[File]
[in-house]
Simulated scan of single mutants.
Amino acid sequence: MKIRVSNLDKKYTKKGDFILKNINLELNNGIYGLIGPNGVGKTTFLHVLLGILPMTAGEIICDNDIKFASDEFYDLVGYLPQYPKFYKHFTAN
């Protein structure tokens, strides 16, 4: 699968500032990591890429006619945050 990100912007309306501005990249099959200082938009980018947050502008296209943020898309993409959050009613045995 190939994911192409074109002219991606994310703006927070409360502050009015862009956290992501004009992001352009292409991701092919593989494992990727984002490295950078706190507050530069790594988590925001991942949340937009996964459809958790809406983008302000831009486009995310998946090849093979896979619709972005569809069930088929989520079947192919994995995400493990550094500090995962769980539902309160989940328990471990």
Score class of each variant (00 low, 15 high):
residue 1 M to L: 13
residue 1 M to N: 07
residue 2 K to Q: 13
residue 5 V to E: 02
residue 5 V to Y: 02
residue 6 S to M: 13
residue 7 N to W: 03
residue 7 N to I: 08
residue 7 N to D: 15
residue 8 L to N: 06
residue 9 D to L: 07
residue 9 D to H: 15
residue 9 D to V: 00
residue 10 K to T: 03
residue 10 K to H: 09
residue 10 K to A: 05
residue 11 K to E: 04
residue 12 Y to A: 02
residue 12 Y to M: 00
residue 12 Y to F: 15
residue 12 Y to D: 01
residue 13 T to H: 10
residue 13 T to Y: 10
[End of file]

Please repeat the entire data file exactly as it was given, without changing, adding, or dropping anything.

[in-house]
Simulated scan of single mutants.
Amino acid sequence: MKIRVSNLDKKYTKKGDFILKNINLELNNGIYGLIGPNGVGKTTFLHVLLGILPMTAGEIICDNDIKFASDEFYDLVGYLPQYPKFYKHFTAN
């Protein structure tokens, strides 16, 4: 699968500032990591890429006619945050 990100912007309306501005990249099959200082938009980018947050502008296209943020898309993409959050009613045995 190939994911192409074109002219991606994310703006927070409360502050009015862009956290992501004009992001352009292409991701092919593989494992990727984002490295950078706190507050530069790594988590925001991942949340937009996964459809958790809406983008302000831009486009995310998946090849093979896979619709972005569809069930088929989520079947192919994995995400493990550094500090995962769980539902309160989940328990471990």
Score class of each variant (00 low, 15 high):
residue 1 M to L: 13
residue 1 M to N: 07
residue 2 K to Q: 13
residue 5 V to E: 02
residue 5 V to Y: 02
residue 6 S to M: 13
residue 7 N to W: 03
residue 7 N to I: 08
residue 7 N to D: 15
residue 8 L to N: 06
residue 9 D to L: 07
residue 9 D to H: 15
residue 9 D to V: 00
residue 10 K to T: 03
residue 10 K to H: 09
residue 10 K to A: 05
residue 11 K to E: 04
residue 12 Y to A: 02
residue 12 Y to M: 00
residue 12 Y to F: 15
residue 12 Y to D: 01
residue 13 T to H: 10
residue 13 T to Y: 10